The distribution of a film (or movie) is the process through which a movie is made available to watch for an audience by a film distributor. This task may be accomplished in a variety of ways; for example, with a theatrical release, a home entertainment release (in which the movie is made available on DVD-Video or Blu-ray Disc) or a television program for broadcast syndication and may include digital distribution.
The standard release routine for a movie is regulated by a business model called "release windows". The release windows system was first conceived in the early 1980s, on the brink of the home entertainment market, as a strategy to keep different instances of a movie from competing with each other, allowing the movie to take advantage of different markets (cinema, home video, TV, etc.) at different times.
In the standard drill, a movie is first released through movie theaters (theatrical window), then, after approximately 16 and a half weeks, it is released to DVD (entering its video window). After an additional number of months it is released to Pay TV and VOD services and approximately two years after its theatrical release date, it is made available for free-to-air TV.
A simultaneous release takes place when a movie is made available on many media (cinema, DVD, internet...) at the same time or with very little difference in timing.
Simultaneous releases bear great advantages to both consumers, who can chose the medium that most suits their needs, and production studios that only have to run one marketing campaign for all releases. The flip side, though, is that such distribution efforts are often regarded as experimental and thus, do not receive substantial investment or promotion.
In the course of the years simultaneous release approaches have gained both praise, with Mark Cuban claiming movies should simultaneously be made available on all media allowing viewers to choose whether to see it at home or at the theater, and disapproval, with director M. Night Shyamalan claiming it could potentially destroy the "magic" of moviegoing.
Cinema owners can be affected seriously in case they have to share their opportunity window, specially at the beginning of the movie lifecycle, since, according to Disney, about 95% of all box office tickets for a film are sold within the first 6 weeks after initial distribution.
A straight to video (or straight-to-DVD or straight-to-Blu-ray depending on the medium upon which the movie is made available) release occurs when a movie is released on home video formats (such as VHS, DVD, etc.) without being released in theaters first, thereby not taking into consideration the "theatrical window".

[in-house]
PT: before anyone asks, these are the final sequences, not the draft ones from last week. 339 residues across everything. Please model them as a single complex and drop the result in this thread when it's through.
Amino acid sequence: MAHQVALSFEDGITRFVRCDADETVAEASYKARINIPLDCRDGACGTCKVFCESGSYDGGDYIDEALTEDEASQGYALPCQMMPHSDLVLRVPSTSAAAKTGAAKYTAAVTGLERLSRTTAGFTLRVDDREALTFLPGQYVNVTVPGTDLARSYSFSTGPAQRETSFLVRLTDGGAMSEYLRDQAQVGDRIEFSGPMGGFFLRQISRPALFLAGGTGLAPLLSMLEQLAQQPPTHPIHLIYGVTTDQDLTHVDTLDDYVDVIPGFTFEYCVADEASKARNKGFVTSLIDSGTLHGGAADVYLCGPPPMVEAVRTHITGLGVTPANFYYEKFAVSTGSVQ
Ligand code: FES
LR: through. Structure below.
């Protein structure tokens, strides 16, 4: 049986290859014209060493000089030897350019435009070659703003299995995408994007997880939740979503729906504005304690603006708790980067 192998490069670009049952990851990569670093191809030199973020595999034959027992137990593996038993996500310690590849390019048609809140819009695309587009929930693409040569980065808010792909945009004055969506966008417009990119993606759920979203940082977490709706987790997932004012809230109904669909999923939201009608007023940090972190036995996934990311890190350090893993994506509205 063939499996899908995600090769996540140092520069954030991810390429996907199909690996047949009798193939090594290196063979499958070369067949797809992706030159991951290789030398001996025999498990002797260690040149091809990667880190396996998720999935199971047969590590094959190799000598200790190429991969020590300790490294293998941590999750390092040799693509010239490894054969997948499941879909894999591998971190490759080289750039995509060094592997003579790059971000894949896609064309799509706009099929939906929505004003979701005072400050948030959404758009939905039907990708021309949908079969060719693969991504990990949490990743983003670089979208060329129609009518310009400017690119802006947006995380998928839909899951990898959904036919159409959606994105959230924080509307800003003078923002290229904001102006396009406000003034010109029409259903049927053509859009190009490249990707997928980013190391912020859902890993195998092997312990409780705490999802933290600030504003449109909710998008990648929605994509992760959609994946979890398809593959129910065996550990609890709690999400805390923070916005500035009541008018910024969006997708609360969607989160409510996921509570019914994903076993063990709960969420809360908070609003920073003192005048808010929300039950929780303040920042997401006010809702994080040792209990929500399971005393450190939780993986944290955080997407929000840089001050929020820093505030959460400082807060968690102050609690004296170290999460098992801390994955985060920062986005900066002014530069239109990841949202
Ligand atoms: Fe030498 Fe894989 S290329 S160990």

Internet research is still new when it comes to the film distribution platform. The volume of downloaded movies is difficult to find but none compares to the even more problematical discovery of their origin.
Shrinking of the theatrical window
While originally conceived for a six months duration, the theatrical window has today been reduced to little more than four months. Movie studios have reportedly been pushing to shrink the duration of the theatrical window in an attempt to make up for the substantial losses in the DVD market they've been suffering from since the 2004 sales peak.
These attempts have encountered the firm opposition of theater owners, whose profits depend solely upon attendance and who, thus, benefit from keeping the movie available on the silver screen.
In early 2010, Disney announced it would be putting out the DVD and Blu-ray versions of Tim Burton's Alice in Wonderland 14 weeks after the movie's release date (instead of the usual 17) in order to avoid competition from the 2010 World Cup. In response to such statements, theater owners made threats not to show the movie on their screens, but later reconsidered their position before the movie was released.
Other strategies are also being deployed in order to make up for slow DVD sales. Most major studios have considered making movies available to VOD services shortly after their theatrical release for a premium price. In July 2010 Netflix secured a deal with Relativity Media in which the latter agreed to distribute a number of major movies to the aforementioned VOD service before Pay TV.
Makers of smaller-budget movies are also putting to the test new release strategies. In 2009, the movie The House of the Devil premiered on VOD systems on October 1, and received a limited theatrical release one month later. In August 2010, it was announced that the movie Freakonomics would be released on video on demand services on September 3, one month prior to its theatrical release. The British sci-fi movie Monsters has also undergone the same release drill.
- Lerman, Laurence (September 17, 2001). "Independents' 'Bread and Butter'". Video Business 21 (38): Section: Video Premieres
- Edited by McDonald, Paul and Wasko, Janet (2008) "The Contemporary Hollywood Film Industry". Malden, MA: Blackwell Publishing Ltd. p. 238